Late Bronze Age ringwork in East Devon

Cotswold Archaeology’s excavations at Hill Barton, Exeter, which finished in 2015, are on the way to being fully published. One aspect of the site was the discovery of a Late Bronze Age ringwork enclosure with a central roundhouse whose rarity in the region has prompted the publication of a summary article in the Prehistoric Society’s Autumn edition of The Past newsletter (pages 14-16).

The enclosure, measuring 37 m across and defined by a deep ditch, was one element of a complex of archaeological features on the site dating from the Neolithic through to the Roman period. The enclosure ditch contained very few artefacts – just eight sherds of residual Early to Middle Neolithic pottery, two sherds of Trevisker Ware and a small quantity of worked flints – none of which provided dating for the enclosure itself. However, the ditch and central features yielded charcoal, from which a series of 12 radiocarbon samples gave consistent dating. The earliest dates fell around 1100 cal BC (from the basal ditch fills) with a more or less continuous sequence of ditch infilling until c. 600 cal BC when the enclosure went out of use. This conclusively demonstrates a major episode of occupation starting in the Late Bronze Age and continuing until the Early Iron Age for which there was very little other evidence.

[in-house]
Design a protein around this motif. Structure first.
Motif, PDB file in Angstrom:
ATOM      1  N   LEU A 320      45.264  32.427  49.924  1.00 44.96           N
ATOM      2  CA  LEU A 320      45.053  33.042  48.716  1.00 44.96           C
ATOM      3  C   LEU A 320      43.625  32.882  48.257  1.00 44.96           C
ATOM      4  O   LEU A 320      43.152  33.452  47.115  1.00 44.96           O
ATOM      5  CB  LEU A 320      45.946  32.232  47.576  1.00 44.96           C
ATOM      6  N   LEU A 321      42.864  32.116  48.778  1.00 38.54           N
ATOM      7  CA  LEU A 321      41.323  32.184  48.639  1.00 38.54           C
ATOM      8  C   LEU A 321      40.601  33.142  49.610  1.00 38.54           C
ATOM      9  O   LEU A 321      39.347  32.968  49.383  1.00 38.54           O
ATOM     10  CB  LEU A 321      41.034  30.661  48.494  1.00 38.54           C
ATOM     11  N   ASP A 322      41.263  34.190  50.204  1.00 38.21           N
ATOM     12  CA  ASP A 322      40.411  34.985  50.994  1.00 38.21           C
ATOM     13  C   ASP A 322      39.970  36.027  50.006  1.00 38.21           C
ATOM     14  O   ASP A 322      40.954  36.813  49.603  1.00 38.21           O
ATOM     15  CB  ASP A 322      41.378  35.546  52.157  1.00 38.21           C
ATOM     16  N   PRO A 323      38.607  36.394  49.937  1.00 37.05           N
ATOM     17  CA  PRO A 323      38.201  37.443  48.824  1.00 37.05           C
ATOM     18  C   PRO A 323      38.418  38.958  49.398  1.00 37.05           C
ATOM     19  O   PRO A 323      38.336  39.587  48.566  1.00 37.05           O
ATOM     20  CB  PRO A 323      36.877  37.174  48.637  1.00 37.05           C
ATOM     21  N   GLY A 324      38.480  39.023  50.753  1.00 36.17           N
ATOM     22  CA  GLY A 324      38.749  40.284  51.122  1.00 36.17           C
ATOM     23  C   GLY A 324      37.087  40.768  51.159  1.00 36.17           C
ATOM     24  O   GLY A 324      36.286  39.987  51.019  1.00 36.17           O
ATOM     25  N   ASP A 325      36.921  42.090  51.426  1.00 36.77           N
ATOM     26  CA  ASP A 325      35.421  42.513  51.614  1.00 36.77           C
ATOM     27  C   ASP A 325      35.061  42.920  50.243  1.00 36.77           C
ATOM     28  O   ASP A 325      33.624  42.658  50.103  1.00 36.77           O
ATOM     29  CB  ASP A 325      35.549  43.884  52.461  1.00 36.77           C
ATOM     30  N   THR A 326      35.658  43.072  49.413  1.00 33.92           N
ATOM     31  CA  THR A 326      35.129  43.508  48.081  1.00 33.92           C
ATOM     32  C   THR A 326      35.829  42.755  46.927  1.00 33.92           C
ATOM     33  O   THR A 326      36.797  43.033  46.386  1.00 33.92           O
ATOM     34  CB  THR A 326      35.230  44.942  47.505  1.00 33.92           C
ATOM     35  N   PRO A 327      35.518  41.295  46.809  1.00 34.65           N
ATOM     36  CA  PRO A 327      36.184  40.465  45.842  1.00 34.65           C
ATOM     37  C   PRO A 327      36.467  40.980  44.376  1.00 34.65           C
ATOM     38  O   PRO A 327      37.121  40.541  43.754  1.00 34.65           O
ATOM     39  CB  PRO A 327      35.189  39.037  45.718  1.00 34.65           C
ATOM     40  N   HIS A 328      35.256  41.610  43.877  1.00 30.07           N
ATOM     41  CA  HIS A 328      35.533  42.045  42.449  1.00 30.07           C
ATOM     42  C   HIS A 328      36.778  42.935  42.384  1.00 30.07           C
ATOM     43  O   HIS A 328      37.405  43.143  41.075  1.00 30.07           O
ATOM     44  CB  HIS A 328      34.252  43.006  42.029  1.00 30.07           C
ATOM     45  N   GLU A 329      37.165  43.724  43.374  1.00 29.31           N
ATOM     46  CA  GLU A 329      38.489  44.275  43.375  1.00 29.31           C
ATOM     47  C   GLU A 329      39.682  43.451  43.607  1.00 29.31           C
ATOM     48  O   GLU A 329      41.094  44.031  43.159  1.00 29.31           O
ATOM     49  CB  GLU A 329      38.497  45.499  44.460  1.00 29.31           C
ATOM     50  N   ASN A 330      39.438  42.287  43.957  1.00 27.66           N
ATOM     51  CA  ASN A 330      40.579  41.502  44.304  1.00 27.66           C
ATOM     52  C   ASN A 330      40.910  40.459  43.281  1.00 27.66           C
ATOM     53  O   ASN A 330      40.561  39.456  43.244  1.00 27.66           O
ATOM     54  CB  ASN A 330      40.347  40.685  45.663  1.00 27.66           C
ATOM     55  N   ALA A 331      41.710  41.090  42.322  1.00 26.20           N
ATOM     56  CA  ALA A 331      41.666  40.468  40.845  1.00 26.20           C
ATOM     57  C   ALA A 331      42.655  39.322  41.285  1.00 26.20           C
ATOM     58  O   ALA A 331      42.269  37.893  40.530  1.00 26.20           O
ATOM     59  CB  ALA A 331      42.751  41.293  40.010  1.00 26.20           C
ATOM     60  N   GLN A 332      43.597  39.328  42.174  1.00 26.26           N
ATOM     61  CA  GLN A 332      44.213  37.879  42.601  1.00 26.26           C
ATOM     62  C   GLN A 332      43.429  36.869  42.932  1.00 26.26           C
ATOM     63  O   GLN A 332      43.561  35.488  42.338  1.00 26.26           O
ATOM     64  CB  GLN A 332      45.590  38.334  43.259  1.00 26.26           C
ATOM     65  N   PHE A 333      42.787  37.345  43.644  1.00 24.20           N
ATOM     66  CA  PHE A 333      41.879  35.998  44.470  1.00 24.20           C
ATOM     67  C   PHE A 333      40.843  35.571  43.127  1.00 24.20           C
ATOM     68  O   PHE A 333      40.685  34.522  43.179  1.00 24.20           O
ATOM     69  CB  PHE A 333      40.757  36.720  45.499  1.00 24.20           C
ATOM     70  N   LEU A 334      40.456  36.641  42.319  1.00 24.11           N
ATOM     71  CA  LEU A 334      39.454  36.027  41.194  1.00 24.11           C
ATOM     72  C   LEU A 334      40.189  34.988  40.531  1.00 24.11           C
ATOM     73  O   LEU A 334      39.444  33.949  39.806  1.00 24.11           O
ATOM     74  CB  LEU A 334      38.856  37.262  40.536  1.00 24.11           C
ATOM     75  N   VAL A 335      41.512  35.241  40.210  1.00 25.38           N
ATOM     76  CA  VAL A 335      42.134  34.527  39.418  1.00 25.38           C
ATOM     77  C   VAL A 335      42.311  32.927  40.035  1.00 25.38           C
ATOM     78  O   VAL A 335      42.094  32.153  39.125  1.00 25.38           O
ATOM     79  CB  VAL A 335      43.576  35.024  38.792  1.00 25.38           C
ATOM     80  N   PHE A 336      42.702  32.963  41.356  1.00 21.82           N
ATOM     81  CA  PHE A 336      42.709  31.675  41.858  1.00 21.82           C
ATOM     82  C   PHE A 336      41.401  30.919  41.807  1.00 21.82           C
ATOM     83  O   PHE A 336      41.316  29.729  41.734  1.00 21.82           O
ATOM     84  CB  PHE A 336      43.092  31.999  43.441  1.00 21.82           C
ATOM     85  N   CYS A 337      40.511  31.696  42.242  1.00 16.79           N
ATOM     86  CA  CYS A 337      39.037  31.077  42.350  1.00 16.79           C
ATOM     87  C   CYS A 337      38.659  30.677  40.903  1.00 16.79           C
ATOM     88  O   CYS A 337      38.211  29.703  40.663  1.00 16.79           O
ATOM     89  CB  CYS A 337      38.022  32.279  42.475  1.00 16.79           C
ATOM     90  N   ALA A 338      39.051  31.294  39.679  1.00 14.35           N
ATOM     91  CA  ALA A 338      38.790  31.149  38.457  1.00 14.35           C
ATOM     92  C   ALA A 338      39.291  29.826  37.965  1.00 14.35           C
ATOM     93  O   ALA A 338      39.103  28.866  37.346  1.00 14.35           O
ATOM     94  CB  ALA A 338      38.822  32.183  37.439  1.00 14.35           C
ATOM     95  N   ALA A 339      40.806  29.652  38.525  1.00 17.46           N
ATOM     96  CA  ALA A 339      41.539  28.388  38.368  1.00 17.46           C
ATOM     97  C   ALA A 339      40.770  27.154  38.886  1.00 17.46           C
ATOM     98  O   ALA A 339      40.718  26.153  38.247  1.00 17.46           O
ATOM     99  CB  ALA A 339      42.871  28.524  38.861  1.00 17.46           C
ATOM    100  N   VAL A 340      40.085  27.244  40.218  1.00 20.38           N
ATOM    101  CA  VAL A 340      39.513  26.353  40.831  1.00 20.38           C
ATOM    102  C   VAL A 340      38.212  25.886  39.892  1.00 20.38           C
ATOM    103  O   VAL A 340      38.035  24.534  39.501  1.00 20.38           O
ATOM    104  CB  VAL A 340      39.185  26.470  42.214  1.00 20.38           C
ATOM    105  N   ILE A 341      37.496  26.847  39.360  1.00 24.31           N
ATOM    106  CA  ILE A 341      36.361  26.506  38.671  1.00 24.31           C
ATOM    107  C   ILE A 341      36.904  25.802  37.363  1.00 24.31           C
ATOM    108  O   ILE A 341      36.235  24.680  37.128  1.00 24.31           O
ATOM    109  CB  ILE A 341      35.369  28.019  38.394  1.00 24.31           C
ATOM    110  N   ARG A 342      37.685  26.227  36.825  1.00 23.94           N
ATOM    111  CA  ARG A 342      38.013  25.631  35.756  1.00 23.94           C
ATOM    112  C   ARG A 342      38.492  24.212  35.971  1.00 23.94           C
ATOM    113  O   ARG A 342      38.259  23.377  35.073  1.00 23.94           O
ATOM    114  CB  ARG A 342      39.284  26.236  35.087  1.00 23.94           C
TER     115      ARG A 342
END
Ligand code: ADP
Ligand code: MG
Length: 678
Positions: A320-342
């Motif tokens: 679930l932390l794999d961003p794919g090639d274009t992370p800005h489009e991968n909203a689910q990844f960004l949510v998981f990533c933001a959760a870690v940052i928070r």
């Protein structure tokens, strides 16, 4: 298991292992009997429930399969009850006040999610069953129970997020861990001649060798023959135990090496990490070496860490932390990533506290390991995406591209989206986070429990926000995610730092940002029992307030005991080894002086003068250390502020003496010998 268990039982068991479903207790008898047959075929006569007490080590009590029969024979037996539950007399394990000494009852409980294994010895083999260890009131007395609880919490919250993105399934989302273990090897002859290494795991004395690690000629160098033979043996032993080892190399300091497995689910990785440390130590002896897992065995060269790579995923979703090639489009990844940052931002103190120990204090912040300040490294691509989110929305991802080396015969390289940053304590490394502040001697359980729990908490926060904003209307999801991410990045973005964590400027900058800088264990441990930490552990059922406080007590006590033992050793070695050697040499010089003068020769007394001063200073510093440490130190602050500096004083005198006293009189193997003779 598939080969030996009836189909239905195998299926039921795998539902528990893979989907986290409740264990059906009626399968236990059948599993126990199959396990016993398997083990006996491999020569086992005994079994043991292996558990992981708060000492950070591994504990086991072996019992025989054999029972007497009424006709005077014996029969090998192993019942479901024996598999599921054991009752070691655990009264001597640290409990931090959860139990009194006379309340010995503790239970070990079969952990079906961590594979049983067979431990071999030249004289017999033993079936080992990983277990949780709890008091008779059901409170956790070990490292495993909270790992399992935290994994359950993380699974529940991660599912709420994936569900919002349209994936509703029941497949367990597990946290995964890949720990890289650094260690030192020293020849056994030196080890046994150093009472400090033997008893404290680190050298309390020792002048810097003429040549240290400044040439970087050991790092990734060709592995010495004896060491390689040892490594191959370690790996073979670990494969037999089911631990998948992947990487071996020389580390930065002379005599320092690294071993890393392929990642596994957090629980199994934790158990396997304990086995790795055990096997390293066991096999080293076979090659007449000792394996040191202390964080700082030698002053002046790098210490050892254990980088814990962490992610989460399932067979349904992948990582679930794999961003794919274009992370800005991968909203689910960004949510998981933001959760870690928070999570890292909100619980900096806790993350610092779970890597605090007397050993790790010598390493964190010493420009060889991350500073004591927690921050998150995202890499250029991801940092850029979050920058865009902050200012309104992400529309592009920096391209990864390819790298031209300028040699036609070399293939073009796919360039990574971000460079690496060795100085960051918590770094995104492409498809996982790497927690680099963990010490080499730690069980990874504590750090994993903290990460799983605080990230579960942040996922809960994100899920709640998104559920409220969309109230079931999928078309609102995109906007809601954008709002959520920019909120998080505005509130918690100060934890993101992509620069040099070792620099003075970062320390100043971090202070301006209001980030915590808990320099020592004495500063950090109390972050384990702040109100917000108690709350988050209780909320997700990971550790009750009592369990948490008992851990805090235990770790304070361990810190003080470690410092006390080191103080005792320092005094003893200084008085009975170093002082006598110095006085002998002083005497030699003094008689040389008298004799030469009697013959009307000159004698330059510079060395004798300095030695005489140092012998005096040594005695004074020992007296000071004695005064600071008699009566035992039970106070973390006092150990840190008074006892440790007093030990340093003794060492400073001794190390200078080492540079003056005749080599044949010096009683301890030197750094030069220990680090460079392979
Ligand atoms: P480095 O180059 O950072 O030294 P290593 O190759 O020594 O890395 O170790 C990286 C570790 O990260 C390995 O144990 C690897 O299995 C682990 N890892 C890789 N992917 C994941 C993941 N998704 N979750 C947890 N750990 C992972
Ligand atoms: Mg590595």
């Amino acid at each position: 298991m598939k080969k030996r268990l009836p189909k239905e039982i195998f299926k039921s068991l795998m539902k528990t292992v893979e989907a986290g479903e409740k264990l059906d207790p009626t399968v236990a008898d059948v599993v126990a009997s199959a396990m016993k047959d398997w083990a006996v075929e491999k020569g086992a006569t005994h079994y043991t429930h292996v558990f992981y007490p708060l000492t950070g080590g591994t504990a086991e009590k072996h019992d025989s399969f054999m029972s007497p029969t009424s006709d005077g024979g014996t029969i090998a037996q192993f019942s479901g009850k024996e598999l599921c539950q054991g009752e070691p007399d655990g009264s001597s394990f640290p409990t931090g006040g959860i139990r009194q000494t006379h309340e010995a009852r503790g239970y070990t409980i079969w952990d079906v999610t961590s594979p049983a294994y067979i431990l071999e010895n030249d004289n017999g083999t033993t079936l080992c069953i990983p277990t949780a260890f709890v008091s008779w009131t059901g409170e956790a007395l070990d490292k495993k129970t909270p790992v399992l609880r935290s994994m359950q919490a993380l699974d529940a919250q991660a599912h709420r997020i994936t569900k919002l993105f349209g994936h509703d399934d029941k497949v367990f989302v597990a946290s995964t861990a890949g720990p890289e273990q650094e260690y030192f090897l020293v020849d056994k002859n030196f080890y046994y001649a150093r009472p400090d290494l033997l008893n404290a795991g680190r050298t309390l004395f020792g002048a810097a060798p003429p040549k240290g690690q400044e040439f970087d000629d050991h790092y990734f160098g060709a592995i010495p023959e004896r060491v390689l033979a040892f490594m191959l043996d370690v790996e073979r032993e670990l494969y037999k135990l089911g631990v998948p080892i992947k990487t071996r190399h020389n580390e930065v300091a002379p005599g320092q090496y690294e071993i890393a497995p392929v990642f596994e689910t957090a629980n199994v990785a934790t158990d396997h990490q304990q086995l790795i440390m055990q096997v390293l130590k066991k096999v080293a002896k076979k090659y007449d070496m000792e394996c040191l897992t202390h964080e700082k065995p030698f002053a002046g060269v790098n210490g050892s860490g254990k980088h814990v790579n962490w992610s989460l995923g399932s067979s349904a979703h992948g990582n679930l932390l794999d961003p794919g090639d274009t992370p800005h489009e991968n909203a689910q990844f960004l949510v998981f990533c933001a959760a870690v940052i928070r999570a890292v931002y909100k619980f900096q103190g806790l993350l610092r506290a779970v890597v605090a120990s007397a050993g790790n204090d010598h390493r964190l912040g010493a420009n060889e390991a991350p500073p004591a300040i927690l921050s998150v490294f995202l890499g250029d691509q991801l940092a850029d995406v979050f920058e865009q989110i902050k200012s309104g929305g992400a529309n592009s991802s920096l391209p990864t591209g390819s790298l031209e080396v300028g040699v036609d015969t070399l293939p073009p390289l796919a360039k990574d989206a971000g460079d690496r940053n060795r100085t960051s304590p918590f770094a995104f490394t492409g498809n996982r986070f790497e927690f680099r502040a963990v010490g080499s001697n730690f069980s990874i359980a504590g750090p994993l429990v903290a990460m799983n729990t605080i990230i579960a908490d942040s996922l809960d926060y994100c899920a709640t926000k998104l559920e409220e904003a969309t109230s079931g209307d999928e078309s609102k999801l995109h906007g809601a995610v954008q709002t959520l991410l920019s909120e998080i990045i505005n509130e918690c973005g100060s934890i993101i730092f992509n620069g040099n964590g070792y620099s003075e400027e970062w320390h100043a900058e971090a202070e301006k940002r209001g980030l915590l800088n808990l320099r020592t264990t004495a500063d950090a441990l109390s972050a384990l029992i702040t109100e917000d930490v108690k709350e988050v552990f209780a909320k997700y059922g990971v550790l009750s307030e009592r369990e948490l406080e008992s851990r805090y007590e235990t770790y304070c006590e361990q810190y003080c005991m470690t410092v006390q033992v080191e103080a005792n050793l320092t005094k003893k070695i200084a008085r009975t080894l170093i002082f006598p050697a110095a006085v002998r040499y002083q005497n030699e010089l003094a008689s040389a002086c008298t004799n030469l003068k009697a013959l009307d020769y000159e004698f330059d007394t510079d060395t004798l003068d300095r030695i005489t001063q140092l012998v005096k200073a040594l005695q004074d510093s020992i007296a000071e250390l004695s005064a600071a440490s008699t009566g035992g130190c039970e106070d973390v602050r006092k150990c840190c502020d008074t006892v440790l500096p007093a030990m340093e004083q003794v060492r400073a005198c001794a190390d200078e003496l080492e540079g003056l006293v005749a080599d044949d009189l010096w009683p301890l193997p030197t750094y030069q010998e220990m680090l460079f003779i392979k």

A report on all the findings from the excavations is to be published in forthcoming volume 77 of Proceedings of the Devon Archaeological Society.

Hill Barton ringwork


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